Mr. Speaker, I will be splitting my time with my colleague, the hon. member for .
I am proud to speak today as the new Minister of State for Science and Technology.
I am very proud to stand here today to talk about our government's commitment to Canadian science and technology excellence in all its aspects.
From the very beginning, this government has demonstrated its commitment to building Canada's strong science and technology sector. In fact long ago, in 2006, the actually announced Canada's new science and technology strategy, “Mobilizing Science and Technology to Canada's Advantage”, which was tabled in May 2007.
This is an ambitious strategy, linking the competitive energy of our entrepreneurs to the creative genius of our scientists. It is a multi-year, multi-faceted plan for building a sustainable competitive advantage for Canada through science and technology. We have backed this up with not just words but action, with increased funding in every single budget that we have tabled and put forward in the House.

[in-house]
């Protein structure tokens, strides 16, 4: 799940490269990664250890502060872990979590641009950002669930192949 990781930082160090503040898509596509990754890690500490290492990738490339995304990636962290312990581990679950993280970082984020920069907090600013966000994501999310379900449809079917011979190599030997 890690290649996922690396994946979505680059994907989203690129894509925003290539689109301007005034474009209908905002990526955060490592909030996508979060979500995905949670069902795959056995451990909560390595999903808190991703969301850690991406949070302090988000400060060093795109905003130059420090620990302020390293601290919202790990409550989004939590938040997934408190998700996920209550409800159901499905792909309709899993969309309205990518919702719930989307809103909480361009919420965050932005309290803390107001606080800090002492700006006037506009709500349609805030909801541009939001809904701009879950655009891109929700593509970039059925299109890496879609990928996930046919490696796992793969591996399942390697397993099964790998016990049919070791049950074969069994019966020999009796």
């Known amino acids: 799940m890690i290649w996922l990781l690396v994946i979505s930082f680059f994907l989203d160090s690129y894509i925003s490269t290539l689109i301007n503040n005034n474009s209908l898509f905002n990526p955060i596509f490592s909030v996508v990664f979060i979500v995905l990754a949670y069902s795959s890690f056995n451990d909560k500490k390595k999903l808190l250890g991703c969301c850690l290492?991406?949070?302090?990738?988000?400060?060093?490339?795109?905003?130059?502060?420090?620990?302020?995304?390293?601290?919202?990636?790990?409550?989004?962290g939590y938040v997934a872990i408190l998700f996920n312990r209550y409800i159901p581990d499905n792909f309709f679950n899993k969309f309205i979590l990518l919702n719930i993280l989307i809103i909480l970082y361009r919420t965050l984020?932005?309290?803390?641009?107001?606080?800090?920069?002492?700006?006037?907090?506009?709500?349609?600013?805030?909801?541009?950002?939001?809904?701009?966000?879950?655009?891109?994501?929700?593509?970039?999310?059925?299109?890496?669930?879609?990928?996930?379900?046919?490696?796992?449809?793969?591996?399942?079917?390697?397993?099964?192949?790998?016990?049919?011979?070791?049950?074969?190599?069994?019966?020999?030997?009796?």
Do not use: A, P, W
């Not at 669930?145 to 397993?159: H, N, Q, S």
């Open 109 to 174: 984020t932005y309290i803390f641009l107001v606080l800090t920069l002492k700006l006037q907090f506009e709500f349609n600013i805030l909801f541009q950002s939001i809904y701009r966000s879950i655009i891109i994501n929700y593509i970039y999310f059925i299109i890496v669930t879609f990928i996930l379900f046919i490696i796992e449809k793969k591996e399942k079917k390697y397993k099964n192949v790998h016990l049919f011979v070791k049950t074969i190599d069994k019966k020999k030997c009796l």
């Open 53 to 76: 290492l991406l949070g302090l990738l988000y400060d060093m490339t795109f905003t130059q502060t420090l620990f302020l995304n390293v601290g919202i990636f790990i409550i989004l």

It is important to note that the global economy, the environment of economics around the world, has changed drastically from when the science and technology strategy was introduced in 2007. That said, the force of our argument for mobilizing science and technology in building distinct Canadian advantages has not changed.
Even before the recession, the global competitiveness of Canadians depended on an entrepreneurial advantage. We knew this and we knew we must redouble our efforts to build a dynamic business environment that supports private sector innovation and promotes the success of Canadian companies at home and abroad. Our plan supports this.
We knew we must also continue our efforts to build a knowledge advantage, targeting resources to support research excellence and leading-edge scientific infrastructure. Technological advances occur rapidly these days, and in the face of a rapidly souring economy we had to adjust the current needs of the nation but stay on course with our plan.
Involved are entrepreneurism, knowledge and, of course, people. The third leg of the strategy is a highly skilled workforce. Canada must also stay the course in building a people advantage that provides Canadians with opportunities to acquire and use science and technology skills and allows Canada to grow its base of scientists and skilled workers while remaining sensitive to our current economic needs.